Frequently Asked Questions

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Is there a legal requirement to grit our premises?

No. However, under the Workplace Health, Safety and Welfare Regs: (Regulation 12 – Conditions of floors and traffic routes): Approved Code of Practice states "Arrangements should be made to minimise risks from snow and ice. By not taking any measures you are increasing the risk of any incidents and also any potential liability claims.


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Is it true that if we don't grit we can't be held responsible for any incidents?

No. It's a common misconception that if you don't change the conditions then you can't be liable for any incidents. Certainly on commercial premises where you are inviting both staff and/or the general public onto site this is not the case.


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Some companies suggest they don't need a contract to undertake gritting works – is this an advantage?

A contract will usually better protect your interests. It should set out clearly the service so that both parties have a clear understanding of what is being provided. It may serve to offer you better protection against any liability claims as a contract is clear evidence that formal arrangements have been made to take necessary precautions.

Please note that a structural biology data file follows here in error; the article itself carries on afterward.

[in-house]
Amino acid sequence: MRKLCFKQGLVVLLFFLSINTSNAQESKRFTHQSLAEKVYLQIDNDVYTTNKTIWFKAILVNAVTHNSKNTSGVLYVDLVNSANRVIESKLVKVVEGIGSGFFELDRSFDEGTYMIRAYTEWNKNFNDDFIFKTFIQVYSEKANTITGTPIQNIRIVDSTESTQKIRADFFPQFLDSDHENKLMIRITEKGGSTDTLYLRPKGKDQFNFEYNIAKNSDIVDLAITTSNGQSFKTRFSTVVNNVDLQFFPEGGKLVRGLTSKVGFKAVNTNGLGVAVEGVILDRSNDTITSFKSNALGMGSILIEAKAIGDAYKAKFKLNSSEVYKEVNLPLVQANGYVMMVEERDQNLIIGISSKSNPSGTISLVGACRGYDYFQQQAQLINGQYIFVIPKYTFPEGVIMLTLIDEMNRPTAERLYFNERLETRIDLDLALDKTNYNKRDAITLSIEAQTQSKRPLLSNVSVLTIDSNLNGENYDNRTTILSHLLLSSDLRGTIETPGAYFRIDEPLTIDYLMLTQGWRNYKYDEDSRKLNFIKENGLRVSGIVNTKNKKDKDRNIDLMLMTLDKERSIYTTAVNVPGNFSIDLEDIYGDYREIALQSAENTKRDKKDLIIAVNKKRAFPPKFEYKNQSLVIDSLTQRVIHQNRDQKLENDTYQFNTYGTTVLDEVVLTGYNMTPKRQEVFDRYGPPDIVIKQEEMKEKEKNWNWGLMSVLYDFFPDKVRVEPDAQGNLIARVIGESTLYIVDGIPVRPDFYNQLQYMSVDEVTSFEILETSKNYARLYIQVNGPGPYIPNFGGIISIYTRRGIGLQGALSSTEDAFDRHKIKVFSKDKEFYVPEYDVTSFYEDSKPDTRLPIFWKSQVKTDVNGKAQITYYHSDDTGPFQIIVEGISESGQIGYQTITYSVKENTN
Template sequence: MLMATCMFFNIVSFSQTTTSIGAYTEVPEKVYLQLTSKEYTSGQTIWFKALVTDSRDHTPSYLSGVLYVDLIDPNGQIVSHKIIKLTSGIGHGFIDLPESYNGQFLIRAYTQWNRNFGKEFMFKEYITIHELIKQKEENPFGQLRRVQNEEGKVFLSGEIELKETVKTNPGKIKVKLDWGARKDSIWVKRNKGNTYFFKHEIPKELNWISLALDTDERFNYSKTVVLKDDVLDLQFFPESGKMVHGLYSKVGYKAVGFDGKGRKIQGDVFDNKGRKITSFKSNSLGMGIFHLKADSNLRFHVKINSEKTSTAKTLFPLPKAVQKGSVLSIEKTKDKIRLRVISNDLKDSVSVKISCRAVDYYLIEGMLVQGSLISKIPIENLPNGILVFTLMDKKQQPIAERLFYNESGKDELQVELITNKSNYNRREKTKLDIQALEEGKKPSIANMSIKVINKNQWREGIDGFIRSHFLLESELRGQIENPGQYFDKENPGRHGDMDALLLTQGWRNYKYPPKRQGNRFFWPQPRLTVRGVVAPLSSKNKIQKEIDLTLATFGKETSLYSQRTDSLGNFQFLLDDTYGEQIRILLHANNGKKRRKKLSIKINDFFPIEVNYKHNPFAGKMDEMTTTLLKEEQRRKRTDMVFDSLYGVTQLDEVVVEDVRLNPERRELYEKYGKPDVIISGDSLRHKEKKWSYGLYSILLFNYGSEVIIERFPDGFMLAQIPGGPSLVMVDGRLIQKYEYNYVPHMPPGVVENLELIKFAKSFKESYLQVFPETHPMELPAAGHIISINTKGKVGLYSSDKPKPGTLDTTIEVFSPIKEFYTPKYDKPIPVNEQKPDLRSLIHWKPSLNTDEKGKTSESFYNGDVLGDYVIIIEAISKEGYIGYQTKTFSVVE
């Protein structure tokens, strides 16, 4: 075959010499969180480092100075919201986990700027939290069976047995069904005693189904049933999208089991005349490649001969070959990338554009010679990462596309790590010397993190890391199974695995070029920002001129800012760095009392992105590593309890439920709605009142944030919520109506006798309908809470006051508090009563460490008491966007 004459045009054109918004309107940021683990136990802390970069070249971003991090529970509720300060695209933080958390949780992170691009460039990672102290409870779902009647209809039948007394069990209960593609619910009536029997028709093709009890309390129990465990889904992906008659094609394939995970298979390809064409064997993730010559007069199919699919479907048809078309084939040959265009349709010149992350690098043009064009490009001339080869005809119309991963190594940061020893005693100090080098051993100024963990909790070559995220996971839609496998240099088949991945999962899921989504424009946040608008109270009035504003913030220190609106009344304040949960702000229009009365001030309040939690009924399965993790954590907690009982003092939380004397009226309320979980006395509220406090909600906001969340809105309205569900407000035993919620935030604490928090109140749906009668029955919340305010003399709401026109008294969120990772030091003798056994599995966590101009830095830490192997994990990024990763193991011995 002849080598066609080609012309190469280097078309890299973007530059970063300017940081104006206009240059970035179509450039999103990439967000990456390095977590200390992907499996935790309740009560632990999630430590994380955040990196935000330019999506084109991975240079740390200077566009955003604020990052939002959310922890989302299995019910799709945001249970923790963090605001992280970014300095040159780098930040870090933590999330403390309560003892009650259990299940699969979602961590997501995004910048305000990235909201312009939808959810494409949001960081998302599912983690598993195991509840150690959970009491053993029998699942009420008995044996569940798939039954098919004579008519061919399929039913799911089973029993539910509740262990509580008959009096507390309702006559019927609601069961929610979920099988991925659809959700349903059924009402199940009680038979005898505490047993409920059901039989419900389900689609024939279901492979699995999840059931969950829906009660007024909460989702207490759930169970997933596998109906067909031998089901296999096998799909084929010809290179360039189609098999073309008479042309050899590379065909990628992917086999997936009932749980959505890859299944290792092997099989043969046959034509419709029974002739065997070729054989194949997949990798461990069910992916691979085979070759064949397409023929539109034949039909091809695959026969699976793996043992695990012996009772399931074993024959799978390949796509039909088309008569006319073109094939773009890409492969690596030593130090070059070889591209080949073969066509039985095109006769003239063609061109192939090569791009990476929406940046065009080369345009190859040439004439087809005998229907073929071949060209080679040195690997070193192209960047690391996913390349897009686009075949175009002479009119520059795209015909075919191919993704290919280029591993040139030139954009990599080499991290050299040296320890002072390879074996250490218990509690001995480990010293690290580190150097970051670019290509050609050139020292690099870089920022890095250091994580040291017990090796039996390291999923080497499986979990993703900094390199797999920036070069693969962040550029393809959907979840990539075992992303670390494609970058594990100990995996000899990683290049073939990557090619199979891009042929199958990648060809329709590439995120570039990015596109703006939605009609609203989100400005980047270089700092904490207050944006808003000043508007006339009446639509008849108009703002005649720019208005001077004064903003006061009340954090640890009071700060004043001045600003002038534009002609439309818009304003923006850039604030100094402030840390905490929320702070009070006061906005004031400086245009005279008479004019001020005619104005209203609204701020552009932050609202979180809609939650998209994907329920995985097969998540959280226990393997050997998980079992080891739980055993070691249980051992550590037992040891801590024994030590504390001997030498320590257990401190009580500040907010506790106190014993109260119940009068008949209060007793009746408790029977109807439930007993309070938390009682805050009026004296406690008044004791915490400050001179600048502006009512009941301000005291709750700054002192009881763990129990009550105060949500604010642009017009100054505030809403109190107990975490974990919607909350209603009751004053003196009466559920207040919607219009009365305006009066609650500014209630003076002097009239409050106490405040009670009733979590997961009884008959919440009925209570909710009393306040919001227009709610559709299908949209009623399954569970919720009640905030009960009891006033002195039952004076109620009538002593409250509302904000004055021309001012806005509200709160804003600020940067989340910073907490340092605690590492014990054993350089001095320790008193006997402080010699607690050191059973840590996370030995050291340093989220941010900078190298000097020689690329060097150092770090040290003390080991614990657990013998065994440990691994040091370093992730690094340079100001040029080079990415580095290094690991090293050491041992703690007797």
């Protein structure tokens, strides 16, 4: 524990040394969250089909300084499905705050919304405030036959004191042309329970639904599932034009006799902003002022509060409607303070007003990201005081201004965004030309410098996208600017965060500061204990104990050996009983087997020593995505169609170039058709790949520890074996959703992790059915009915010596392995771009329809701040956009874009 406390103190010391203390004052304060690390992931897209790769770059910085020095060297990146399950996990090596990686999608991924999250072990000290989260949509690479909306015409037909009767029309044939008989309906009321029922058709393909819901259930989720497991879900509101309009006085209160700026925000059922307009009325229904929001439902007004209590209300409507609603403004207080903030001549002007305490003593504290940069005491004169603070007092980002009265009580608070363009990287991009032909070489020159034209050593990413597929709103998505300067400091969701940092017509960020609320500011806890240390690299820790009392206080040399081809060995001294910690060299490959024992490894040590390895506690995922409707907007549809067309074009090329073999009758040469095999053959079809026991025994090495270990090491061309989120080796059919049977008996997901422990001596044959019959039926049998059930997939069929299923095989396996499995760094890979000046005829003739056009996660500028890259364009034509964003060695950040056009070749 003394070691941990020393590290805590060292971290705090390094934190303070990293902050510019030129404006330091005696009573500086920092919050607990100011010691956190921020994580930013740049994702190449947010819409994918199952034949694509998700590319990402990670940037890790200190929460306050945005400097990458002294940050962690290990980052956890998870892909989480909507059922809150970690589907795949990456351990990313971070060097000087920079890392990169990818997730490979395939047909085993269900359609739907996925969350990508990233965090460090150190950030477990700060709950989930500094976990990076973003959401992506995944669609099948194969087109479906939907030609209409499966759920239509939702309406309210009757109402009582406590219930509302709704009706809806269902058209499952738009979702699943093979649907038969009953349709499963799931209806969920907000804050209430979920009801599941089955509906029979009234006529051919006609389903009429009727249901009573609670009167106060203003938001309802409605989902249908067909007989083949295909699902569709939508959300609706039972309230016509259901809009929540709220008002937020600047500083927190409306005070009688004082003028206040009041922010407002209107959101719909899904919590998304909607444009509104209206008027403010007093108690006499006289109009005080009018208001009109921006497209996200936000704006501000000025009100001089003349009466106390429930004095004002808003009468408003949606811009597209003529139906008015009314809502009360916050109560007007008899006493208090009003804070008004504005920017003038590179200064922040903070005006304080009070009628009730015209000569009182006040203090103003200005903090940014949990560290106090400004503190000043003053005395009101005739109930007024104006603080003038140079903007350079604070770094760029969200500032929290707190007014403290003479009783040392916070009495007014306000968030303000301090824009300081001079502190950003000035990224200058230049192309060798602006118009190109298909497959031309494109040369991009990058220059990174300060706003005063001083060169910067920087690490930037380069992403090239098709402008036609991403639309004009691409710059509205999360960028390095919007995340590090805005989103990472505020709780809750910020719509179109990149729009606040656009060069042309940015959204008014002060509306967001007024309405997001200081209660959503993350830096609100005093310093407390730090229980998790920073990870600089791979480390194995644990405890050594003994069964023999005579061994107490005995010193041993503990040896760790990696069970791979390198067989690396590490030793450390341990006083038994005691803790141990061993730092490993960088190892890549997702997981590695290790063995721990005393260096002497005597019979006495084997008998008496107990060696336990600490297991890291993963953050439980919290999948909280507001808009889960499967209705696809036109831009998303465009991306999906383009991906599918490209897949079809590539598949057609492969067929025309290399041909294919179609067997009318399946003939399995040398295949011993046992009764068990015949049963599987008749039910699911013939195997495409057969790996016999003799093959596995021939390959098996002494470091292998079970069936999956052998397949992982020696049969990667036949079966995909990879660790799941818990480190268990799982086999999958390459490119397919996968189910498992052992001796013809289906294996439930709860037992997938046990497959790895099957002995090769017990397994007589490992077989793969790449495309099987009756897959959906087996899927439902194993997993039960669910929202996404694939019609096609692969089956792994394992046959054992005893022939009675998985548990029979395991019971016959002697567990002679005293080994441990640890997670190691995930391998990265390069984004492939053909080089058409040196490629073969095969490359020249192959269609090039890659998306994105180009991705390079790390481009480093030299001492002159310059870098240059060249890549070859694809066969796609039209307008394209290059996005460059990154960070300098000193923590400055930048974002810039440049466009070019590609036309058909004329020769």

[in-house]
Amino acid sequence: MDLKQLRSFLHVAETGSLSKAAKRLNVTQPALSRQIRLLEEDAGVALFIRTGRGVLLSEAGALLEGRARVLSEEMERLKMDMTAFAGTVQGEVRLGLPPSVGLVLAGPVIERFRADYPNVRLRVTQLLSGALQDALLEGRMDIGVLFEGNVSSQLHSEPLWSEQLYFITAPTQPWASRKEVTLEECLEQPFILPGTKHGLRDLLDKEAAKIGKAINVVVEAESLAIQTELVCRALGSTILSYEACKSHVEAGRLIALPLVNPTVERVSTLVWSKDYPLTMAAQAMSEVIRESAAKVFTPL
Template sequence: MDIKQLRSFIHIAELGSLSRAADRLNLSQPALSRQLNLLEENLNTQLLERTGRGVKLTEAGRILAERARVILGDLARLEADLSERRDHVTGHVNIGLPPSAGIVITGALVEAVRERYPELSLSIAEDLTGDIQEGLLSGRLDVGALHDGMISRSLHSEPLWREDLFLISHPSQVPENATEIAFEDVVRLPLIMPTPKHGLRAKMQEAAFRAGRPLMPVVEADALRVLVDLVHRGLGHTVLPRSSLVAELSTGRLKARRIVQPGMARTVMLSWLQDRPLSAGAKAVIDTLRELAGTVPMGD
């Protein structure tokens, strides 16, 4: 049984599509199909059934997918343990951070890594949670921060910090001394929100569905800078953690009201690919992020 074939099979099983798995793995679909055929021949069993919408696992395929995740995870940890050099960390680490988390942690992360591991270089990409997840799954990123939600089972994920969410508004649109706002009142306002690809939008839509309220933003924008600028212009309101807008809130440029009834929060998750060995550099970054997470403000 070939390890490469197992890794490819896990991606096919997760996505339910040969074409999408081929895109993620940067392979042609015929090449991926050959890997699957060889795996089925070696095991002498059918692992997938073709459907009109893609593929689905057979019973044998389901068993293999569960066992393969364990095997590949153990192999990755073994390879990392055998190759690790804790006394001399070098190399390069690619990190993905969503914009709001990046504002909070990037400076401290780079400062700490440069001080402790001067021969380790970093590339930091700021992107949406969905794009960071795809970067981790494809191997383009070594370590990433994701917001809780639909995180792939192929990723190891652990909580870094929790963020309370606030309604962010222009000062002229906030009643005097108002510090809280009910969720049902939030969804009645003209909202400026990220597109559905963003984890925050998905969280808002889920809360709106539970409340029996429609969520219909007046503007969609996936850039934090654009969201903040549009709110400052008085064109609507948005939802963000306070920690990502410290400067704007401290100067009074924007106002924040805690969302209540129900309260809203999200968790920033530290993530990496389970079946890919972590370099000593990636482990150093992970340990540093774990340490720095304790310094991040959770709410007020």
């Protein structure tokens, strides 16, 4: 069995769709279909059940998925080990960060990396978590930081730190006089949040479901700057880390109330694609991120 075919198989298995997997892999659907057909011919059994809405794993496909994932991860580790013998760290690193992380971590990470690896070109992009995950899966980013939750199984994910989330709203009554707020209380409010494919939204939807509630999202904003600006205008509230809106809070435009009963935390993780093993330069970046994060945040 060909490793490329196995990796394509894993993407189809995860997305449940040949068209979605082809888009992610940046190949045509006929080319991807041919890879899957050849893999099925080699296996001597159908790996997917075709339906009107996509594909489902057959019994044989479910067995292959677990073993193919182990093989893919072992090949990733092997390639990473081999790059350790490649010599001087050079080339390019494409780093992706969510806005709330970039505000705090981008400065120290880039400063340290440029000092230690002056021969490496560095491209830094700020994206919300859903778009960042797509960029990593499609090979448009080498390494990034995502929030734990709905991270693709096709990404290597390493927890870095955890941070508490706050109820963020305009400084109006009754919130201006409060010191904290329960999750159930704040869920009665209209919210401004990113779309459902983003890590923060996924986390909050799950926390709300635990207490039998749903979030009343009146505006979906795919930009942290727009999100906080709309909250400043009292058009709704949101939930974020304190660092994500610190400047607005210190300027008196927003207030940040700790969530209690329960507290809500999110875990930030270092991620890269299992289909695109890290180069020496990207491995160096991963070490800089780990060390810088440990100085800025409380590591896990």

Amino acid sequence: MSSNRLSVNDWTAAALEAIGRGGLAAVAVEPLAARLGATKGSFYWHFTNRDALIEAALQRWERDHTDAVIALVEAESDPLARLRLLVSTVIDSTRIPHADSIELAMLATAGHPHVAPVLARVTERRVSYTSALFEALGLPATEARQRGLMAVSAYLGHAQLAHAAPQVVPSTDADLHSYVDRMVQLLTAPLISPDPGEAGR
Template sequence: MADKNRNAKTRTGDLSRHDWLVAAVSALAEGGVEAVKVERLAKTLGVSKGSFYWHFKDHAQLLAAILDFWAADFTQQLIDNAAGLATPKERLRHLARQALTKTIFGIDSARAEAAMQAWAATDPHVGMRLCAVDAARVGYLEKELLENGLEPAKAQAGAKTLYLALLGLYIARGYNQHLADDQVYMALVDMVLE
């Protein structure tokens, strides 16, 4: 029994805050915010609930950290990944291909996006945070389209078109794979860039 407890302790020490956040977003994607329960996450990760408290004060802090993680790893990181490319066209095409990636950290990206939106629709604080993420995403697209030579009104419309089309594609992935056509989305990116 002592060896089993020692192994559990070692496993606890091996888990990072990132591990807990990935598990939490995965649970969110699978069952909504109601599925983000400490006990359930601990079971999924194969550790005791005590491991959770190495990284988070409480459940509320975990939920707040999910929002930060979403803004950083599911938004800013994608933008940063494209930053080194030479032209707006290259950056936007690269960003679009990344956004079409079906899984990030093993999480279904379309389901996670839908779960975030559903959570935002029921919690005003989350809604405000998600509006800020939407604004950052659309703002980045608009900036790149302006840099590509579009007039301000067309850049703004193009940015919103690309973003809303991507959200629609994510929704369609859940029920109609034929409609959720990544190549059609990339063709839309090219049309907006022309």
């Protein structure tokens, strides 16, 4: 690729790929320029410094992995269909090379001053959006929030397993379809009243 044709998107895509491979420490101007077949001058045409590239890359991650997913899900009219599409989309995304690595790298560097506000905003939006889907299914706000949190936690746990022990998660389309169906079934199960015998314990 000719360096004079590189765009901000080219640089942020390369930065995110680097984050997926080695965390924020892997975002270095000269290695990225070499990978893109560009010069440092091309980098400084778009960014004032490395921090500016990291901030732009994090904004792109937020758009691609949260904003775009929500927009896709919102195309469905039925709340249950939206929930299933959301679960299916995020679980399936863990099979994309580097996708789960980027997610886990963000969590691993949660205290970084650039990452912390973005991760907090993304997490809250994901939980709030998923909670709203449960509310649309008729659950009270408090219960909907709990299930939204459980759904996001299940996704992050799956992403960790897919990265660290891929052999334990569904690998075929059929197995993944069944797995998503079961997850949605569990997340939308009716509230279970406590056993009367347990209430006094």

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Should we reduce the number of call outs to save costs?

A good weather reporting system that takes various factors into account to determine the likelihood of frost or ice should help minimise any unnecessary gritting attendances. Hence, reducing your liability risk.


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We were gritted last night and it's freezing tonight, do we need gritting again?

Our advice would be to attend but only grit any areas in need of a top up to avoid over application and to reduce your liability.


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Will gritting prevent snow from settling on the ground?

Not always. It may prevent a light fall from settling but a significant fall will settle on top of grit.


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Can ice and frost still form where areas have been gritted?

In severe cold conditions under minus 9 degrees salt has little effect. However when the temperature rises above  this temperature ice will start to melt. The temperature criteria here will be affected by the ground moisture content and dry density of the salt used.